The tides play a big role in where the sheepshead will be and when they will be feeding. The tidal changes will almost always provide better fishing, however, sheepshead seem to be one of the few fish that still feed pretty good on a slack tide inshore. If you can find the better fishing spots for sheepshead, you have a good chance to catch them during a slack tide. The height of the water will affect where these fish are found though as the tides change throughout the day.
Fish an Incoming Tide
The incoming tide provides good fishing for sheepshead. If you fish closer to the high tide, there are going to be many more areas to fish as the sheepshead will move into the docks, around bridge pilings and pier pilings as the water levels rise towards high tide levels. The incoming tide is usually the most productive time to fish for sheepshead in the surf and around jetties as well.
Fish an Outgoing Tide
A falling tide can be very productive, especially if you are fishing from the peak of the high tide to the first couple of hours during the falling tide. The high water gives sheepshead a chance to feed on all of the encrusted pilings found around docks, bridges and piers. As the water levels approach low tide, fishing can still be productive on the flats and you can even find some tailing sheepshead mixed in with the tailing redfish.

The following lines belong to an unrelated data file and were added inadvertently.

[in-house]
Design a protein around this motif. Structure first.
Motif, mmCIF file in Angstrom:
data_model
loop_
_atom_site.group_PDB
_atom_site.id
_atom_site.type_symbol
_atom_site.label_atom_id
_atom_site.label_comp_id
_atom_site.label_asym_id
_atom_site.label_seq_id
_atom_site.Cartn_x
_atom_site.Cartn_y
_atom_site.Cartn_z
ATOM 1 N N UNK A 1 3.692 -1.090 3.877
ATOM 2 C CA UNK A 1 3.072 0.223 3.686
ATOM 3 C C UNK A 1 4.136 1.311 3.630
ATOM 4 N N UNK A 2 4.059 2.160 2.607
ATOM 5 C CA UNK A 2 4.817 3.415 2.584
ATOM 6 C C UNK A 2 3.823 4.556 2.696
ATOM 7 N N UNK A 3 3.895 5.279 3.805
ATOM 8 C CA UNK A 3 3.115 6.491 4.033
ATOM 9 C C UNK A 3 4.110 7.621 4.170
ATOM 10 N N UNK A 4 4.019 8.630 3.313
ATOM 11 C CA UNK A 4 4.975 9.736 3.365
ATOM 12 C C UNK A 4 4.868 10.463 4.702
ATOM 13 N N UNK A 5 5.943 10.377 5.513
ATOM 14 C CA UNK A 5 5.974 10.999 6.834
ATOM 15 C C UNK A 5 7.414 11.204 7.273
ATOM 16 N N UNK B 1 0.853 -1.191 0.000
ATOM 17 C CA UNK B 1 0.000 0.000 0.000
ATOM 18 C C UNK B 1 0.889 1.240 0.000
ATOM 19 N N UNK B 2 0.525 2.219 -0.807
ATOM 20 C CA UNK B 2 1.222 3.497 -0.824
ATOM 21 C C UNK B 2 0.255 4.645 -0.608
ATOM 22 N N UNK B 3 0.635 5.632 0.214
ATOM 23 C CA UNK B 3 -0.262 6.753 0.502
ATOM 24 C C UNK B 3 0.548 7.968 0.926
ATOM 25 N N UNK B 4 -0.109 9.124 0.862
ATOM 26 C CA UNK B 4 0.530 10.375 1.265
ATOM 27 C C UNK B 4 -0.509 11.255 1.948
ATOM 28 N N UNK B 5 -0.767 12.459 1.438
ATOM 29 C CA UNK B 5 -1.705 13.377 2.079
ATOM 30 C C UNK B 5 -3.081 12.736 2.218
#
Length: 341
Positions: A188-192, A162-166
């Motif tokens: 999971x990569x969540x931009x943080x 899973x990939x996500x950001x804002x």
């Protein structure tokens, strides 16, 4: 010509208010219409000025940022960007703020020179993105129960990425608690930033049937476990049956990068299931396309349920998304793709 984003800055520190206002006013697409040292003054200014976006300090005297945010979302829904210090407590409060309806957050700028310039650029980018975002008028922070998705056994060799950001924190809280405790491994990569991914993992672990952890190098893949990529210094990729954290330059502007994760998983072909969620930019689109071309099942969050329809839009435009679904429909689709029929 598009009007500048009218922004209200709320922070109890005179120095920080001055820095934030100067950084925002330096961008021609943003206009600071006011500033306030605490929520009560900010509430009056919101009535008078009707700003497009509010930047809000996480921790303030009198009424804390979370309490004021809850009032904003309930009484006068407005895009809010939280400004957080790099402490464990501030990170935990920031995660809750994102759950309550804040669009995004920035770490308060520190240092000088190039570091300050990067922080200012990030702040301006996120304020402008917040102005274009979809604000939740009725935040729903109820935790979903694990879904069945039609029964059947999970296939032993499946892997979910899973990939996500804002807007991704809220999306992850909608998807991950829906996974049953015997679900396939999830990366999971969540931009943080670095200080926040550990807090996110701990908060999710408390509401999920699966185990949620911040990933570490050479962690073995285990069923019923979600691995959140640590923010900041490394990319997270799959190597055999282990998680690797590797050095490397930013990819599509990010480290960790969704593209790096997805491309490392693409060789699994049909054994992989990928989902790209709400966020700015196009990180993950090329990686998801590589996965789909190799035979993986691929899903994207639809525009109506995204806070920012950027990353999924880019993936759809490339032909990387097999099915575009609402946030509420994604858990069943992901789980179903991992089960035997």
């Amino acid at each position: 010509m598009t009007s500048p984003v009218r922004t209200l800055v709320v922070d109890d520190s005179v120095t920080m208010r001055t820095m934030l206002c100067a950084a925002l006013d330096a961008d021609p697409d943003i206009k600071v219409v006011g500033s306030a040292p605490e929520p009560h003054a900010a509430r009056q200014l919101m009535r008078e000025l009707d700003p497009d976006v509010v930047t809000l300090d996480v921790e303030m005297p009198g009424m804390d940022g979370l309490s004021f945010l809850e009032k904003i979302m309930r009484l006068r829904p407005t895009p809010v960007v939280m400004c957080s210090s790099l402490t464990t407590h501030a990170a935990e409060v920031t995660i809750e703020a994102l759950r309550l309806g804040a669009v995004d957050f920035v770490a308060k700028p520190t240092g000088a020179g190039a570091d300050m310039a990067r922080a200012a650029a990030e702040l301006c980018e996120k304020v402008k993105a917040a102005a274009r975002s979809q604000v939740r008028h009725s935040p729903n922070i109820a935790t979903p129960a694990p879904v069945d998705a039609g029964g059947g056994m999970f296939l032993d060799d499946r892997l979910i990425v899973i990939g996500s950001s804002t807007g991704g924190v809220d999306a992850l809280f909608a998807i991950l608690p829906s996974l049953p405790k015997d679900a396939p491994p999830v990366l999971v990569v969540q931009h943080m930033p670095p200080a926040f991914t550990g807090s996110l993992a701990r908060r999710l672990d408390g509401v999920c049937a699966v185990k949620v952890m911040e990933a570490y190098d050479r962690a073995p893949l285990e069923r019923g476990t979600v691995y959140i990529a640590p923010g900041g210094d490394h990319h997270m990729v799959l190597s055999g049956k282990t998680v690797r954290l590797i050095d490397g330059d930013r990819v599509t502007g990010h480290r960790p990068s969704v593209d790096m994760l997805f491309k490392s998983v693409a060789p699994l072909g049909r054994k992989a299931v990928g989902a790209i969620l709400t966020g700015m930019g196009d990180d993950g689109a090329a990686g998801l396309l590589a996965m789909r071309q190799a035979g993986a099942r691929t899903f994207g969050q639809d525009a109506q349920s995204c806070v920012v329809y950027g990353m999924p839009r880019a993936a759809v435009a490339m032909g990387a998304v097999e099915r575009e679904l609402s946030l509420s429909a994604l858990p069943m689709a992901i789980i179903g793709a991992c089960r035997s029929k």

Fish a High Tide
The high tide is usually the best time to fish for sheepshead, especially when fishing around docks, bridges, piers and in the surf. The barnacle encrusted pilings where most sheepshead can be found offer some excellent fishing in high water. As the water levels rise, the pilings on bridges, docks and piers that hold tons of barnacles will become submerged. Sheepshead move into these areas to feed on the barnacles and they can easily be caught with fiddler crabs and live shrimp. Fishing will also improve around jetties, in the surf and along mangrove-lined shorelines.
Fish a Low Tide
Fishing for sheepshead is usually tougher on a low tide. Sheepshead can be found around docks, bridges and piers feeding on the barnacles that cover the pilings. With low water levels, you will often find some of the most encrusted pilings are now above the water’s surface. Sheepshead will usually move to the deeper water docks or into the deeper water in the nearby channels. Some of the best high water docks, bridges and piers will not produce during the low tides.
Some anglers do have some success fishing for sheepshead on the low tides. They usually target the pilings in deeper water, open water buoys, the channels and sometimes even the flats. Sheepshead can be found in very shallow water while feeding on the flats during a low tide. Redfish are much more prevalent on most flats, but you can find some sheepshead as well.
Fish the Slack Tide
Slack tides usually lead to tough fishing for inshore fish. With sheepshead, the slack tide that occurs at the peak of the high tide can offer some excellent fishing. The slack tide may last anywhere from 30 minutes to several hours depending on the location and the time of year. The bite will usually stay good during this slack tide and then it tends to pick up as the water starts moving out again. Some of the better areas to fish during the high tide are mangrove-lined shorelines, docks, bridges, jetties and piers.